Barack Obama will make history this week when he becomes the first sitting president to appear on ABC's daytime ladies talk show "The View."
I guess when you're likely the most liberal Commander in Chief the nation has ever seen with poll numbers plummeting faster than a coin tossed off the Empire State Building there isn't a better place to have your ego massaged than on a couch surrounded by gushing females tossing softballs at you as the cameras roll.
Most interestingly, the announcement published at ABCNews.com referred to the President's sagging approval ratings giving one the impression that even the show's producers know why he's coming to chat with the girls (h/t NBer SickofLibs):
A surprise video of Barack Obama was presented to the ultra-liberal gathering of the Netroots Nation in Las Vegas on Saturday that included MSNBC's Rachel Maddow listing his accomplishments.
What does it say about this administration that it wouldn't find it at all unseemly to use the most left-leaning television network, along with one of its most liberal hosts, to propagandize political conference attendees?
Unconcerned with the picture this painted, Obama told the gathering, "Change hasn't come fast enough for too many Americans...But I hope you take a moment to consider all we've accomplished so far."
With that, the video switched to short clips from the June 25 "Rachel Maddow Show" (video follows with partial transcript and commentary:
(Update: Reuters quietly improves statement by eliminating the word 'often'. Thank you Reuters, for being forthright in the error, er, slipping this in, in the hopes that your readers won't notice. We're certain that all of the Tea Party Patriots being wrongfully portrayed as racist appreciate the effort.)
Reuters recently ran a piece that analyzed persistent race issues amidst the Obama presidency, and managed to take a racial swipe at the Tea Party in the process.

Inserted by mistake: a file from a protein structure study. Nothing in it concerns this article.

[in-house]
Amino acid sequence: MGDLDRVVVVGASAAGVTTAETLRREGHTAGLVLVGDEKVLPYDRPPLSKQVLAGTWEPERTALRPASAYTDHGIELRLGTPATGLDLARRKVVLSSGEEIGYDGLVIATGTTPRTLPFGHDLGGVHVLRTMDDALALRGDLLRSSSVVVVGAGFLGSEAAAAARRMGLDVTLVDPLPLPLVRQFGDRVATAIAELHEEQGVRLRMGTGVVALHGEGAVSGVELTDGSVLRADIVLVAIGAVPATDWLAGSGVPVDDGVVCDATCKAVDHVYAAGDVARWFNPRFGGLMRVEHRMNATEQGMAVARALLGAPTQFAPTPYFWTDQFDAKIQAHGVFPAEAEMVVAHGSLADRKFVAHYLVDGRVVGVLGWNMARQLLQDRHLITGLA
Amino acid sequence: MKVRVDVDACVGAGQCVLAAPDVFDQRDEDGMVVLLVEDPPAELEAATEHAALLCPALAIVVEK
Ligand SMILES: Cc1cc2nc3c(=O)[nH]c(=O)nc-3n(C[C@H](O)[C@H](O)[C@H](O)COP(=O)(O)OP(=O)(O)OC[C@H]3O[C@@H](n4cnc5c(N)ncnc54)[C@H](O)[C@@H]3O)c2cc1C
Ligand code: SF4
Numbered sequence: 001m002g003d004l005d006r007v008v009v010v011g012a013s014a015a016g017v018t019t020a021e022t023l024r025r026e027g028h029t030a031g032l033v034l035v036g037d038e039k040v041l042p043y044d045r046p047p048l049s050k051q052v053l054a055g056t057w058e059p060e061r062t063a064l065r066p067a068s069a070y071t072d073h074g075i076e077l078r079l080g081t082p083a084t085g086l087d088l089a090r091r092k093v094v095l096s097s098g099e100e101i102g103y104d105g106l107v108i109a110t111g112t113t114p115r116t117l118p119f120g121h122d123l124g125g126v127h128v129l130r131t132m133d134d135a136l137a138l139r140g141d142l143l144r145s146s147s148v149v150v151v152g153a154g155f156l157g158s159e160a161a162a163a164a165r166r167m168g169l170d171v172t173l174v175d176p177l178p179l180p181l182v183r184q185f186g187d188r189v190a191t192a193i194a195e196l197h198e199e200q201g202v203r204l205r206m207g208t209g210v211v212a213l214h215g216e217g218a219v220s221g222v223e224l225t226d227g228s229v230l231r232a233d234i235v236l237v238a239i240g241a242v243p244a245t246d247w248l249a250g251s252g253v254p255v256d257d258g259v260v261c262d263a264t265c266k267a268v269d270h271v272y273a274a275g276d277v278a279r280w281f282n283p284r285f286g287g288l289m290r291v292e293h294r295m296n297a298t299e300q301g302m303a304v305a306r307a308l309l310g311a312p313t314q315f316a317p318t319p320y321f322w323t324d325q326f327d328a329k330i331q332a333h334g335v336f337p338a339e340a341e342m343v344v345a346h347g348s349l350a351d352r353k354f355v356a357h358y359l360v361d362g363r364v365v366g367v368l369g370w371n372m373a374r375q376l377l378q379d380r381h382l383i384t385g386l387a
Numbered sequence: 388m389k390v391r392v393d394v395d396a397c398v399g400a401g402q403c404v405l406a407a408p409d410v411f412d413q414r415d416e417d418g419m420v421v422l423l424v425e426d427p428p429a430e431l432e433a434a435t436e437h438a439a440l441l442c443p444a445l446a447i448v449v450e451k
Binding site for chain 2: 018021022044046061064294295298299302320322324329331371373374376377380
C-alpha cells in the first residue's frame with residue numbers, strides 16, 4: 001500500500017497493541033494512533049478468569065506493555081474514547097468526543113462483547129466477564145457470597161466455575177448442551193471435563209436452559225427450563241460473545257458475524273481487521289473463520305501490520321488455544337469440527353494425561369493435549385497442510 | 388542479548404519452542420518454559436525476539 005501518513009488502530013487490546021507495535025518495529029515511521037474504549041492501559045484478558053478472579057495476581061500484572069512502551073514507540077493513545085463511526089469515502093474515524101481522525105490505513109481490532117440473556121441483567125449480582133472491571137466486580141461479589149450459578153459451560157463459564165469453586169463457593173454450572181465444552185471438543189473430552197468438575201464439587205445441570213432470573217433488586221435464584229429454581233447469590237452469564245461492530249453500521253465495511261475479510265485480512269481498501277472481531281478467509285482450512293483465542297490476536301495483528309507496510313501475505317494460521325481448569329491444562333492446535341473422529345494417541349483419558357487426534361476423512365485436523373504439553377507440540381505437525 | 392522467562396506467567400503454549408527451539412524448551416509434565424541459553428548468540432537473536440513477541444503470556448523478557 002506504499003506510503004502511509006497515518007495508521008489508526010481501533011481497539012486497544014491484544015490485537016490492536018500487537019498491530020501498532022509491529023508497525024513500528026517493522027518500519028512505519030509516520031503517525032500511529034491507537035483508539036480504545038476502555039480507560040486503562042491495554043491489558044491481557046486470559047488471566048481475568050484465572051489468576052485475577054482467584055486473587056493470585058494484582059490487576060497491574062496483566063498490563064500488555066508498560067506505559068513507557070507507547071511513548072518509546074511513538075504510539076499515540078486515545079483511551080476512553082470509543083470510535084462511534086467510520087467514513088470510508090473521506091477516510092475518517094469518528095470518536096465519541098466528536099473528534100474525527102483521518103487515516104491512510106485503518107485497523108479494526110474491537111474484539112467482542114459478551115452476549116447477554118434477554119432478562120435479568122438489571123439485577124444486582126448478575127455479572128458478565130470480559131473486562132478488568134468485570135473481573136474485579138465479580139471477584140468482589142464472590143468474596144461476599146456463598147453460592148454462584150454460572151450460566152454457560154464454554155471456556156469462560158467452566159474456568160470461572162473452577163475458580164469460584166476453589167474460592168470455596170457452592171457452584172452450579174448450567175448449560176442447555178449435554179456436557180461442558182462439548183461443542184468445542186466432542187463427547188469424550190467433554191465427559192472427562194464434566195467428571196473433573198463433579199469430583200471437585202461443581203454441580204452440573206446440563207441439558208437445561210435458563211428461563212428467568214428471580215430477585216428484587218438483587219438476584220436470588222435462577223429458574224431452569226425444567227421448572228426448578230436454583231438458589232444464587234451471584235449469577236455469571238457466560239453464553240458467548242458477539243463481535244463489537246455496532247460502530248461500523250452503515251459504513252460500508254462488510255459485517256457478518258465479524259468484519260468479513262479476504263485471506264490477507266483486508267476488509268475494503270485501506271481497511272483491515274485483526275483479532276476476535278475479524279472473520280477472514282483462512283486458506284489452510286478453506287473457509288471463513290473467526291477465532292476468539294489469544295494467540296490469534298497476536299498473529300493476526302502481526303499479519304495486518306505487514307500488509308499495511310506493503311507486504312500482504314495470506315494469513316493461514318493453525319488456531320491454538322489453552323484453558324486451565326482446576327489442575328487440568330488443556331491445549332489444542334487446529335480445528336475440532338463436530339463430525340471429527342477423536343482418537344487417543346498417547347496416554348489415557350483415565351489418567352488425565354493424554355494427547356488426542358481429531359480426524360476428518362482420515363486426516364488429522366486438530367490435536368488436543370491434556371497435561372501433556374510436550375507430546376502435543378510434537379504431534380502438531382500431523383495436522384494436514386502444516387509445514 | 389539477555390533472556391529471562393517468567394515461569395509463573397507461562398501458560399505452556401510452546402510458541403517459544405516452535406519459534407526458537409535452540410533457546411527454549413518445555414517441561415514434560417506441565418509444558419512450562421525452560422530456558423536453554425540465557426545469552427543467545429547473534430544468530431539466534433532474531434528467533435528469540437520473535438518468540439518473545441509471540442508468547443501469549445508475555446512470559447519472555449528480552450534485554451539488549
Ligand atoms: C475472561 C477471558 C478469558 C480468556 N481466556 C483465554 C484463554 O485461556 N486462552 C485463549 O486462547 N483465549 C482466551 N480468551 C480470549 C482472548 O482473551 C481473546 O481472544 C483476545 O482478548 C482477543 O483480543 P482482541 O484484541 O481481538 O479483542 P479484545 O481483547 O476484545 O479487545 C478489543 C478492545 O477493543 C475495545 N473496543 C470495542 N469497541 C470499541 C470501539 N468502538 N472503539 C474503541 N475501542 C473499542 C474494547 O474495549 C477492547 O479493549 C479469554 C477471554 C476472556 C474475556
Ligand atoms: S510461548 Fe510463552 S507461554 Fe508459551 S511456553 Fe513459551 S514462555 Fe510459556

As always, the piece diverts attention away from the President and toward conservatives. Any controversy involving the administration is portrayed as a mere distraction for the President in his alleged post-racial presidency. The analysis draws a conclusion that the ‘right-wing noise machine', conservative groups, conservative media, and the Tea Party/NAACP debate are all implicit in creating this racial distraction - and ultimately taking the spotlight off of Obama and his ‘biggest achievements'. (Is consistently usurping the will of the American people an achievement?)
But what stands out in the article (h/t NewsBuster reader Texndoc) is an obvious misstatement of facts. An implication that racist imagery at Tea Party rallies is prevalent, has been presented as truth. Patricia Zengerle, the White House correspondent at Reuters, writes (emphasis mine), "Images such as Obama with a bone through his nose and the White House with a lawn full of watermelons are often displayed at Tea Party rallies."
Reuters and Zengerle were contacted via e-mail several times for clarification on the statement, but the only response thus far has been ...
Last week, CBS "Face the Nation" host Bob Schieffer made the incredible confession that he was unaware of the New Black Panther Party voter intimidation cast on CNN's July 18 "Reliable Sources." The show's host Howard Kurtz asked why Schieffer didn't ask Attorney General Eric Holder about the case when he had the opportunity in an appearance on his show.